映画『ロード・オブ・ザ・リング』の原作である『指輪の王』（The Lord of the Rings）は、オクスフォード大学で言語学を研究していたJ. R. R. トルキンが、神話や伝説の伝承知識に加えて、専門の古代言語に関する膨大な情報を活用して創りあげた世界となっている。実はエピソードの各々がいくつもの架空の言語の文法や語法の生成などと密接に関連して語り進められているのである。架空の作品世界の中のこととは言いながら、これらには言語学上の確かな裏付けがあり、実際の学術的考察として読み取ることが可能なものである。
Pronunciation of words and Names
The Westron or Common speech has been entirely translated into English equivalents. All Hobbit names and special words are intended to be pronounced accordingly: for example, Bolger has g as in bulge, and mathom rhymes with fathom.
In transcribing the ancient scripts I have tried to represent the original sounds (so far as they can be determined) with fair accuracy, and at the same time to produce words and names that do not look uncouth in modern letters. The High-elven Quenya has been spelt as much like Latin as its sounds allowed. For this reason c has been preferred to k in both Eldarin languages.
The following points may be observed by those who are interested in such details.
C has always the value of k even before e and i: celeb"silver" should be pronounced as keleb.
CH is only used to represent the sound heard in bach (in German or Welsh), not that in English church. Except at the end of words and before t this sound was weakened to h in the speech of Gondor, and that change has been recognized in a few names, such as Rohan, Rohirrim. (Imrahil is a Numenorean name.)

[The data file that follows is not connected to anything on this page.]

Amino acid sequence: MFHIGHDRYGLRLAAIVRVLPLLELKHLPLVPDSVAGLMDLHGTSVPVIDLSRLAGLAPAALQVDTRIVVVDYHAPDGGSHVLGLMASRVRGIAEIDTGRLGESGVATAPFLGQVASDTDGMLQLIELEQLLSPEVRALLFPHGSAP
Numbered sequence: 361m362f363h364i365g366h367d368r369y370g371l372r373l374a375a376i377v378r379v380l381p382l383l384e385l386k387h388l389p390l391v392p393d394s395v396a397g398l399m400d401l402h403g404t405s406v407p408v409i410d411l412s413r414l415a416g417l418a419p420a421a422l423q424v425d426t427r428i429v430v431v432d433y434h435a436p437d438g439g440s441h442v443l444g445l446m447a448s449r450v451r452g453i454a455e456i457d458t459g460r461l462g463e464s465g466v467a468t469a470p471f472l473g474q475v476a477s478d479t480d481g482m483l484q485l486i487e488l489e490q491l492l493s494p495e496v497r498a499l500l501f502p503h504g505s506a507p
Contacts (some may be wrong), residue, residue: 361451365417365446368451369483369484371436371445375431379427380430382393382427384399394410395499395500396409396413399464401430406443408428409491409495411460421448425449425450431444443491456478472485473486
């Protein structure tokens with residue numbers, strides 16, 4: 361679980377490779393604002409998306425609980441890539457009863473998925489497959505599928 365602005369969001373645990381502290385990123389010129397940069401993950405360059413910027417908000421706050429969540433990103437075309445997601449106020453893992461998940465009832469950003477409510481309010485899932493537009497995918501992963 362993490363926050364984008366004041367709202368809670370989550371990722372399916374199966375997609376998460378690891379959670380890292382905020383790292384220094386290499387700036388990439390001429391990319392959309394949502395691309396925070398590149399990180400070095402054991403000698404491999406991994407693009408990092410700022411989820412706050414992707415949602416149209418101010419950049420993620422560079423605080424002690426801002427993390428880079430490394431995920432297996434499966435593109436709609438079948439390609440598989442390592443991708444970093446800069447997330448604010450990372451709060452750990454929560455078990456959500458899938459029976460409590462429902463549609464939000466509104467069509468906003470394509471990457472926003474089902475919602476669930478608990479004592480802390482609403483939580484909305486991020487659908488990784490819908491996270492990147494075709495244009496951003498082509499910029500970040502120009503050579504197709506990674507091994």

DH represents the voiced (soft) th of English these clothes. It is usually related to d, as in S. galadh "tree" compared with Q. alda; but is sometimes derived from n+r ,as in Caradhras "Redhorn" from caran-rass.
Note that consonants written twice as, tt, ll, ss, nn, represents long or "double" consonants. At the end of words of more than one syllable these were usually shortened: as in Rohan from Rochann (archaic Rochand).
For vowels the letters i, e, a, o, u are used, and (in Sindarin only) y. As far as can be determined the sounds represented by these letters (other than y) were of normal kind, though doubtless many local varieties escape detection. That is, the sounds were approximately those represented by i, e, a, o, u in English machine, were, father, for, brute, irrespective of quantity.
In Sindarin the diphthongs are written ae, ai, ei, oe, ui, and au. Other combinations are not diphthongal. The writing of final au as aw is in accordance with English custom, but is actually not uncommon in Feanorian spellings.
All these diphthongs were "falling" diphthongs, that is stressed on the first element, and composed of the simple vowels run together. Thus ai, ei, oi, ui are intended to be pronounced respectively as the vowels in English rye (not ray), grey, boy, ruin; and au (aw) as in loud, how, and not as in laud, haw.
There is nothing in English closely corresponding to ae, oe, eu; ae and oe may be pronounced as ai, oi.